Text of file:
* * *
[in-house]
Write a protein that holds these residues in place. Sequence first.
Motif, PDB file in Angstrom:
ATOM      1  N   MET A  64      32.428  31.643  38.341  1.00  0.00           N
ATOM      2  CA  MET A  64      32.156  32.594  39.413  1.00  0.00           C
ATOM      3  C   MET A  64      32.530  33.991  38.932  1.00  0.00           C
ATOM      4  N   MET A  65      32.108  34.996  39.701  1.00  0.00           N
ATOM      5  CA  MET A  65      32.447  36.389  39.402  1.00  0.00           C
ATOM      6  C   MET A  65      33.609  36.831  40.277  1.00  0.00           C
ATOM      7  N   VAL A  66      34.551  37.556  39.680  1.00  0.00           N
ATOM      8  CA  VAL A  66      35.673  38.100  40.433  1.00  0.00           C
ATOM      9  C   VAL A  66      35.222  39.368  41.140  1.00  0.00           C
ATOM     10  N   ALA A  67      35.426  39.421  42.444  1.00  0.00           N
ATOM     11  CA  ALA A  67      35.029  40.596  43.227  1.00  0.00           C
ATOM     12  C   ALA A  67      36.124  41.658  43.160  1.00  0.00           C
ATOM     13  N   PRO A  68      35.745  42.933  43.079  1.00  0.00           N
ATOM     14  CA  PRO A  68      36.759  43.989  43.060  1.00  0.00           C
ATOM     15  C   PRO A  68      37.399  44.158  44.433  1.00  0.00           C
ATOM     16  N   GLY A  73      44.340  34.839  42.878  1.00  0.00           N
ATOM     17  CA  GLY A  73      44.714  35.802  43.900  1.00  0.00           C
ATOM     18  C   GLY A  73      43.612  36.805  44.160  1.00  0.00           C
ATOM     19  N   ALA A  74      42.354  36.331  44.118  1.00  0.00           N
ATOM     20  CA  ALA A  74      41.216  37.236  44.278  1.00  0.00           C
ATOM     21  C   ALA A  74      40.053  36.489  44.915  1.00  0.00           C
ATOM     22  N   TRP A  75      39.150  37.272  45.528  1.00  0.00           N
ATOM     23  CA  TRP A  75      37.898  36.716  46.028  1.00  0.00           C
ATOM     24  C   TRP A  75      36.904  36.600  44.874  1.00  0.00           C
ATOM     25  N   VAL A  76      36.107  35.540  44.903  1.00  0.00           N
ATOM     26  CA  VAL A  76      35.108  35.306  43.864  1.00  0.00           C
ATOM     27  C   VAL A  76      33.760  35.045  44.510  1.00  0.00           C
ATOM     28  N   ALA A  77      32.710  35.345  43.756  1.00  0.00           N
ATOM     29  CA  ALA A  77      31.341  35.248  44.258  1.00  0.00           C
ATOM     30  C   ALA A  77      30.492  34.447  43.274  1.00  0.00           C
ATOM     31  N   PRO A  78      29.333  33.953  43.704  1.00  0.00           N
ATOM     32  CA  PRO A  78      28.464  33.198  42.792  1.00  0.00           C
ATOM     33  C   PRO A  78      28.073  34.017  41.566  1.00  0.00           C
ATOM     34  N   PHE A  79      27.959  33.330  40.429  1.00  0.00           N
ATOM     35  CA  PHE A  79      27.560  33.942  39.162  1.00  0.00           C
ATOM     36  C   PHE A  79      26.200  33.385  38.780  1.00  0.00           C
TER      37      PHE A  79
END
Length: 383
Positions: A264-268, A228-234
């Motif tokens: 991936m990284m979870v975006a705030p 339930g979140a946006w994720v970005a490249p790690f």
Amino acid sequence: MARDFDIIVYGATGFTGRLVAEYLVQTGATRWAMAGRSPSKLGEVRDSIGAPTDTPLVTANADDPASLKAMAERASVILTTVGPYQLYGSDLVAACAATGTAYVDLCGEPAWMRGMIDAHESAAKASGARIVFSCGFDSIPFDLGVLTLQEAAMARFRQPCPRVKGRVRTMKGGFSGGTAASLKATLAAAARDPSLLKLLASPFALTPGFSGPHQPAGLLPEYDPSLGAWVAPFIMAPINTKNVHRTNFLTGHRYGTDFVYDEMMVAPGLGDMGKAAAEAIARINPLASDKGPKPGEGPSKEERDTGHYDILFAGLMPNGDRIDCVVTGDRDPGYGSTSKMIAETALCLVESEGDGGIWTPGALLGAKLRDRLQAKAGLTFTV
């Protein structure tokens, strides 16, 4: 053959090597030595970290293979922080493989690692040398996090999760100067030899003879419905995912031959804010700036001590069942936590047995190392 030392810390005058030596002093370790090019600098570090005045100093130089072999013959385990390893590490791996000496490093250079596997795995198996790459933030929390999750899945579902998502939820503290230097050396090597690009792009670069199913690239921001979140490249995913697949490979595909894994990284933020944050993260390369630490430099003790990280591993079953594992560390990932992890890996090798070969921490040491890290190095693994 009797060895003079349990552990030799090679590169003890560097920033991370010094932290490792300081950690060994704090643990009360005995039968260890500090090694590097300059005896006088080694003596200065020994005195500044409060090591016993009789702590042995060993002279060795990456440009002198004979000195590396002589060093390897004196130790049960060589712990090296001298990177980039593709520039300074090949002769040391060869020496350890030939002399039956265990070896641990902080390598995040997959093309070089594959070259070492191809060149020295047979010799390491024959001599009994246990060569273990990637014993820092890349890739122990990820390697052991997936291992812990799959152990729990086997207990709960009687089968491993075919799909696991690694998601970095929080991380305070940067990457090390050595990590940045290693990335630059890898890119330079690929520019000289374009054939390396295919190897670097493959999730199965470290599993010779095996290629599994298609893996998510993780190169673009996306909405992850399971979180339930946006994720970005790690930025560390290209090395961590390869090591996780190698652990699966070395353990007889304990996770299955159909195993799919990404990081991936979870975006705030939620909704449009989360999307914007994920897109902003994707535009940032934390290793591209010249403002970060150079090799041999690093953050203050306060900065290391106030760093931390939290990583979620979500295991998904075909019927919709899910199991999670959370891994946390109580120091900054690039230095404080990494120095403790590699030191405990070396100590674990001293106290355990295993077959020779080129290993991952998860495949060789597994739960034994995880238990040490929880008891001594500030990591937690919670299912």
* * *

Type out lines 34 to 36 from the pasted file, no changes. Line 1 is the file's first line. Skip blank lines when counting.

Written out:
ATOM     31  N   PRO A  78      29.333  33.953  43.704  1.00  0.00           N
ATOM     32  CA  PRO A  78      28.464  33.198  42.792  1.00  0.00           C
ATOM     33  C   PRO A  78      28.073  34.017  41.566  1.00  0.00           C